vezz
☆    

Erba (CO), Italy,
2011-10-06 10:45

Posting: # 7430
Views: 6,702
 

 Profiles with no measurable concentrations [Outliers]

Dear All,

in a recent study we observed few profiles with no measurable concentrations (i.e., all the concentrations were below the lower limit of quantification). I would like to ask you how these profiles are usually handled in the statistical analysis in your experience.

Someone suggested not to calculate the PK parameters (e.g., AUC Cmax, etc.) based on these profiles, but to consider these concentrations only in the calculation of the descriptive statistics by time point in order to determine the mean profiles. I wonder if this approach may be reasonable.

I found that this issue was discussed by the Health Canada Scientific Advisory Committee on Bioavailability and Bioequivalence in a workshop held in 2004. The record of proceeding is available here and the relevant part is reported below.

"Issue discussed: What is an inadequate concentration versus time profile?
Conclusion: If there are no measurable concentrations or just one concentration, that profile is not adequate. If two consecutive measurable concentrations are observed and the second is lower than the first, it is possible to compute a Cmax and AUCT. Although these estimates of Cmax and AUCT may be somewhat inadequate, the profile should nevertheless be included in the analysis.
No consensus was reached on treatment of inadequate profiles, i.e., on whether these profiles may be simply dropped from the analysis."


Thank you in advance for your help.

Kind regards,

Stefano
Dr_Dan
★★  

2011-10-06 12:22

@ vezz
Posting: # 7431
Views: 5,755
 

 Profiles with no measurable concentrations

Dear Stefano
first of all before discussing how to calculate PK parameters I would suggest to find out the reason for obtaining profiles with no measurable concentrations.
  • Is the bioanalytical method sensitiv enough?
  • What about subject compliance?
  • Has the drug a high inter-subject variability?
  • Is this phenomenon observed after test and reference application?
  • Does this phenomenon occur in both periods of a subject or just in one?
Maybe it is worthless to think about statistical evaluation.... :confused:
Kind regards
Dan

Kind regards and have a nice day
Dr_Dan
ElMaestro
★★★

Denmark,
2011-10-06 15:45

@ Dr_Dan
Posting: # 7437
Views: 5,765
 

 Profiles with no measurable concentrations

Dear all,

I have a lot of sympathy for Dr_Dan's post here:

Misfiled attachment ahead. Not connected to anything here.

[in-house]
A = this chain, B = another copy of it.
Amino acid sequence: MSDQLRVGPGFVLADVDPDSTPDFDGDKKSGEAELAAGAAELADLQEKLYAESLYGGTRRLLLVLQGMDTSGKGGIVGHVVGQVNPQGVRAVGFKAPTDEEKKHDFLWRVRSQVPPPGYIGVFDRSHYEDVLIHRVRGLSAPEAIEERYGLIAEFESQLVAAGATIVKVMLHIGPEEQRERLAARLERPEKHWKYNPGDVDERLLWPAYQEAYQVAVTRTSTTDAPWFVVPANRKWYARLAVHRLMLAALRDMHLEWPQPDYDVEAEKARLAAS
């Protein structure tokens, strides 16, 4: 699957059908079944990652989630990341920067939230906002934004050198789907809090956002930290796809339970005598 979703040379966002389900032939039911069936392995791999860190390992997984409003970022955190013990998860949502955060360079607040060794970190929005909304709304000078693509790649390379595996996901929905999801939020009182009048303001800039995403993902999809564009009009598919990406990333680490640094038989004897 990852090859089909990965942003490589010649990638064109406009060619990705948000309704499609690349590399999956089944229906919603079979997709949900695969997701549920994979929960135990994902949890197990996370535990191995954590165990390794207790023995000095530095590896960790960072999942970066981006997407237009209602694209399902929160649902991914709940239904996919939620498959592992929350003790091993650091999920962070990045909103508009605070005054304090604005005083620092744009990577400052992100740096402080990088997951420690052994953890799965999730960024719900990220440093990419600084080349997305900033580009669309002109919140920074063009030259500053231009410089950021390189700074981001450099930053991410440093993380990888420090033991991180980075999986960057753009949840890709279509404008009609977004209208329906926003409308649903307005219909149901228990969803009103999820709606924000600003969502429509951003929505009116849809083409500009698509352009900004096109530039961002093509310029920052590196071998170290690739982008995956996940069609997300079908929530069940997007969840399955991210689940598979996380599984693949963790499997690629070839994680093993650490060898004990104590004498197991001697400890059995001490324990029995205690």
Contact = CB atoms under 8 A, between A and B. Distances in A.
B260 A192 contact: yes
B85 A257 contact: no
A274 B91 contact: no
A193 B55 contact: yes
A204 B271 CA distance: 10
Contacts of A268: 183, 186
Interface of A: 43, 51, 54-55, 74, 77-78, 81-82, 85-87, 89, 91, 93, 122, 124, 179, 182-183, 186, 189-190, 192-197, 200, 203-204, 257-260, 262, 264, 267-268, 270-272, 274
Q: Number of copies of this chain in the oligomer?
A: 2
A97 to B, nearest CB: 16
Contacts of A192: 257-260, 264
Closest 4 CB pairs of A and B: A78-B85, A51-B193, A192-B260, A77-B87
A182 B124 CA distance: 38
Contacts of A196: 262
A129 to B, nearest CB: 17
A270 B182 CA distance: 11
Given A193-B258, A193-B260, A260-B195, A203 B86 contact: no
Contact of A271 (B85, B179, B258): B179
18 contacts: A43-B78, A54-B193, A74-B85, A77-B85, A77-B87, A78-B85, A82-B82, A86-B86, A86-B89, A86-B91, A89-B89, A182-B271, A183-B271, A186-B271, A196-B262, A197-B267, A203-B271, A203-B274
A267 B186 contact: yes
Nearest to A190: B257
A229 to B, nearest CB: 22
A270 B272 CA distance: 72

Do we really want to try to conclude a lot about product performances when this happens? Or should we rather stop for a second and start thinking and focus on trial performance instead?

If a subject's PK is just a row of BLQ's then something very basic, whatever it is, went badly wrong (yeah right, he/she could be a supergiga-metaboliser. Not). For me personally, I would not think primarily of product failure (as in a tablet with zero API) - I think other reasons come more realistically to mind, but that's just me and it is said with reference to the rather strict GMP and release criteria in EU.

I know I am going to extremes here but considering eg. ICH E6 2.2 ('Before a trial is initiated, foreseeable risks and inconveniences should be weighed against the anticipated benefit for the individual trial subject and society. A trial should be initiated and continued only if the anticipated benefits justify the risks.') or 2.5 ('Clinical trials should be scientifically sound, and described in a clear, detailed protocol.'), if a trial has a subset subjects having just BLQ's would lead me to think the following:
  1. The trial's outcome itself might be dubious, regardless of product performance.
  2. I want to know why it happened.
  3. I want to know how to prevent it from happening again cf. the quotes above, otherwise there may be a potential element of futility in future trials, and regulators -notably FDA imho- can have a very big problem with that.
I do acknowledge that a reason for mishaps cannot always be identified. But there is no excuse for not trying very very hard, mefinks.

if (3) 4

x=c("Foo", "Bar")
b=data.frame(x)
typeof(b[,1]) ##aha, integer?
b[,1]+1 ##then let me add 1


Best regards,
ElMaestro